Retirement Stories For Couples

How Retirement Affects Married Couples

In retirement stories for couples I profile real life stories of the dreams and realities of retirement life for married couples.  Their experience will inform you on how retirement affects married couples, with ideas and tips on how to enjoy your spouse’s retirement

Real stories-real people:  Paul and Marian

There are some advantages to couples retiring at different times. Paul is 62 and Marian is twenty years his junior. They are both in a second relationship, and have a seven year old son. Paul was happy to retire at 58, and has assumed responsibility for most of the household tasks. 

Marian is delighted that Paul is available to take their son to school in the morning, and collect him in the evening. Paul smiles when Marian arrives home from work with the greeting "Hello Honey, what's for dinner." Prior to retirement, Paul hadn't cooked the dinner in 35 years! 

George and Susan's retirement story

George retired at sixty and his partner Susan, who is two years younger, is planning to work until she is sixty five. She loves her work, yet there are days when she is envious of his relaxed lifestyle, and how much free time he has. They are empty nesters, and George sometimes dislikes the fact that Susan's work is inhibiting his retirement goals, e.g. he wants to travel, and participate in sporting and social activities. 

George sometimes has a problem in filling his days in a satisfactory manner. He looked forward to Susan's days off when they could share some activities together such as going to the gym, the occasional lunch, or going to the movies in the afternoon - at the "seniors" rate! He soon discovered that her days of are her days off, and he wasn't very interested in the things she wanted to do.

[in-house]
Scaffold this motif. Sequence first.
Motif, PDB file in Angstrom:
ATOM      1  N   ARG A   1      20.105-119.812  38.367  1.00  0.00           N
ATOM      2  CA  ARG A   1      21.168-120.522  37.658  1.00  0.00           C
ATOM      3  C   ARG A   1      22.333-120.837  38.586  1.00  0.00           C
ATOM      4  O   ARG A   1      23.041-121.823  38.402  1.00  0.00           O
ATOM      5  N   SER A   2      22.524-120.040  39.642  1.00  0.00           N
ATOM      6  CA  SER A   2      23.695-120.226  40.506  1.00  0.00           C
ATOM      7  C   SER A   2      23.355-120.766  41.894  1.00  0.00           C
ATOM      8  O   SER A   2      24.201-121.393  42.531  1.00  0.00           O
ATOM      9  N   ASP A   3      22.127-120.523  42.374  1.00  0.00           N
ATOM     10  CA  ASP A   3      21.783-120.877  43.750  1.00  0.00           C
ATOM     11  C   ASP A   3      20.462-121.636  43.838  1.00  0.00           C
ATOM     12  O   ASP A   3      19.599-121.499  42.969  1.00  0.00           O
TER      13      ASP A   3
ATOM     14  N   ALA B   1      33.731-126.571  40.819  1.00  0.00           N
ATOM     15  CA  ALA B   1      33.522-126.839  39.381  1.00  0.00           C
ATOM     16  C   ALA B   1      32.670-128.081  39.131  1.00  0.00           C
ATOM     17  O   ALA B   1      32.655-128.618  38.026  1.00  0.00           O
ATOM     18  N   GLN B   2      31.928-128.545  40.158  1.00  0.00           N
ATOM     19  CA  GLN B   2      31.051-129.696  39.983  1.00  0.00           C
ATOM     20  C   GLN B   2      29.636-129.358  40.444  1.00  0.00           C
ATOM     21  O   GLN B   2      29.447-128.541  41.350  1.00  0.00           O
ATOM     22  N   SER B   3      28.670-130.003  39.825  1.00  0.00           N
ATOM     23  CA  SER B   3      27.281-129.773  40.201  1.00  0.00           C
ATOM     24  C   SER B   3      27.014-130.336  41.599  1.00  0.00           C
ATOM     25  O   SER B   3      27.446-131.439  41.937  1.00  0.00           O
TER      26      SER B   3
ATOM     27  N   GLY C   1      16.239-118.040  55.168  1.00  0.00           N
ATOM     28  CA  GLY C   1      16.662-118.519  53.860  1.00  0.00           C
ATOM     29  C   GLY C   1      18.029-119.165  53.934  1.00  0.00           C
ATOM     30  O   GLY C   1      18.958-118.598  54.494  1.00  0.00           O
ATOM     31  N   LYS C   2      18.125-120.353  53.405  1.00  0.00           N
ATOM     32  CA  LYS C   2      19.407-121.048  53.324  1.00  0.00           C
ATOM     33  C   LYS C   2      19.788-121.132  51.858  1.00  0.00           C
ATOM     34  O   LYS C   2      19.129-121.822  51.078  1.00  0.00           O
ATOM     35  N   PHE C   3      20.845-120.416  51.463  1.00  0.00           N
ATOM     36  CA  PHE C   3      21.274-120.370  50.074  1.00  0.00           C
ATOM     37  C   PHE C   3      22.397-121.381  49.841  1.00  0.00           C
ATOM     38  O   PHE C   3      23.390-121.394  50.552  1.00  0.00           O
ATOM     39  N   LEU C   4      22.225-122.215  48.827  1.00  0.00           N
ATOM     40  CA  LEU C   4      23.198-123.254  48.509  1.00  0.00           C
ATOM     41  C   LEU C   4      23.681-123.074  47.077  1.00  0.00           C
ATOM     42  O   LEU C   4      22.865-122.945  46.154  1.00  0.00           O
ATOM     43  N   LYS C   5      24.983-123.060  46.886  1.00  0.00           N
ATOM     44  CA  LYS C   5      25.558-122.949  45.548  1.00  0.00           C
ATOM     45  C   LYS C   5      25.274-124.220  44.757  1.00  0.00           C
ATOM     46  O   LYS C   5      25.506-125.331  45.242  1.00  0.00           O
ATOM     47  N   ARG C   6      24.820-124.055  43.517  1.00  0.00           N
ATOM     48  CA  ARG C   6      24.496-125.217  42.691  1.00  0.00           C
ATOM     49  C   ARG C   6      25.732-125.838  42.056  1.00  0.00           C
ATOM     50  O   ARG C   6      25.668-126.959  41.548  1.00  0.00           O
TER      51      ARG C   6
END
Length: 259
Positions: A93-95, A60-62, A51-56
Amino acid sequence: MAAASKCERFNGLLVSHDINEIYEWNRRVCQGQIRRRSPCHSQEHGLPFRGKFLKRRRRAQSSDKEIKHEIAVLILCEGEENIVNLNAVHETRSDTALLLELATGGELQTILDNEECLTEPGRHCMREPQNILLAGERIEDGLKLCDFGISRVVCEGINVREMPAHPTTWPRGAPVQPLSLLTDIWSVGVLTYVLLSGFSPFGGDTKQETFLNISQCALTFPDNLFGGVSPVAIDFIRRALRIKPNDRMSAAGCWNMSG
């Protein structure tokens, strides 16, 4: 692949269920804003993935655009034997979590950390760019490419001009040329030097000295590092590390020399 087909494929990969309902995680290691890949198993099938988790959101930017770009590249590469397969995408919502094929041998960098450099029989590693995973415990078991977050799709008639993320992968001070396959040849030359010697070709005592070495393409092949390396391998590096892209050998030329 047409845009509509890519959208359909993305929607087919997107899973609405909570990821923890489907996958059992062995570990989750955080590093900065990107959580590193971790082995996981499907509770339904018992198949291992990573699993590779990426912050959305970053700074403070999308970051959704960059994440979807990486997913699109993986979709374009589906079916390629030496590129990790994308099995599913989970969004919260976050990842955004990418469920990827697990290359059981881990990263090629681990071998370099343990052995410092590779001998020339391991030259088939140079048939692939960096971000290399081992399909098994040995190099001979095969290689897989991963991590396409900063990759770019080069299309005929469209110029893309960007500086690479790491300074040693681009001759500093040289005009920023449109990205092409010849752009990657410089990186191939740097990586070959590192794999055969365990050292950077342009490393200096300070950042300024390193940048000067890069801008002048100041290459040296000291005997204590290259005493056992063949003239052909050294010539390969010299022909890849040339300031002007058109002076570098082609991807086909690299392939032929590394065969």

He gave a wry smile when he recalled her witticism, "I married you for life, not for lunch!"
They hadn't yet discussed their individual life interests and values at this critical time in their relationship.

Retirement stories for couples...What's it like?

Imagine a gentleman, just returned from his office retirement party, walking through the front door and saying to his wife: "Hello Honey, I'm home ... forever!"  In the third age, sharing living space with a loved one may get too close for comfort. 

Colin is retired three years. He likes to keep busy. "Work hard, play hard" continues to be his mantra. He had a demanding career, which he loved, including lots of international travel. He enjoyed a good work/life balance, and has several absorbing retirement hobbies.

His wife worked as a teacher until their second child arrived. Then like many of her generation, she became a full time homemaker. She was happy and successful in that role.

Colin appreciated that couples can often find the constant presence of being in each other's company, or "under each other's feet", trying. When Colin started living the retirement life, he was irritated by the question addressed to his wife, "What's it like having Colin at home all day?" (He also found his wife's question to him - "what are you doing today", a little perturbing. She never had to ask that question before retirement.)

Colin and his wife usually ignored that ill informed assumption. In fact Colin leaves the house almost every day, as he used to during his work life. Except now it's to hang out with some friends, do some volunteer work, or pursue one of his many hobbies.

Colin respects the fact that his wife has had the house to herself for much of their married life, she is the master in that domain, and though he will willingly undertake household tasks delegated to him, he resists any inclination to offer any advice on the best way to load the dishwasher!

From the homemaker's perspective, I have heard a lady express the view that she was not looking forward to her husband retiring. "He will start to think he really lives here," she quipped. "He will interfere nonstop. I'm encouraging him to stay working as long as he can."

Eugene and Maria:  It's (not) so funny how we don't talk anymore

Eugene and Maria have been married for 37 years. They have four adult children, long gone from the home. Eugene is still working, part time. His wife is retired five years. "I really ought to retire, but I'm not looking forward to it," he confided in me.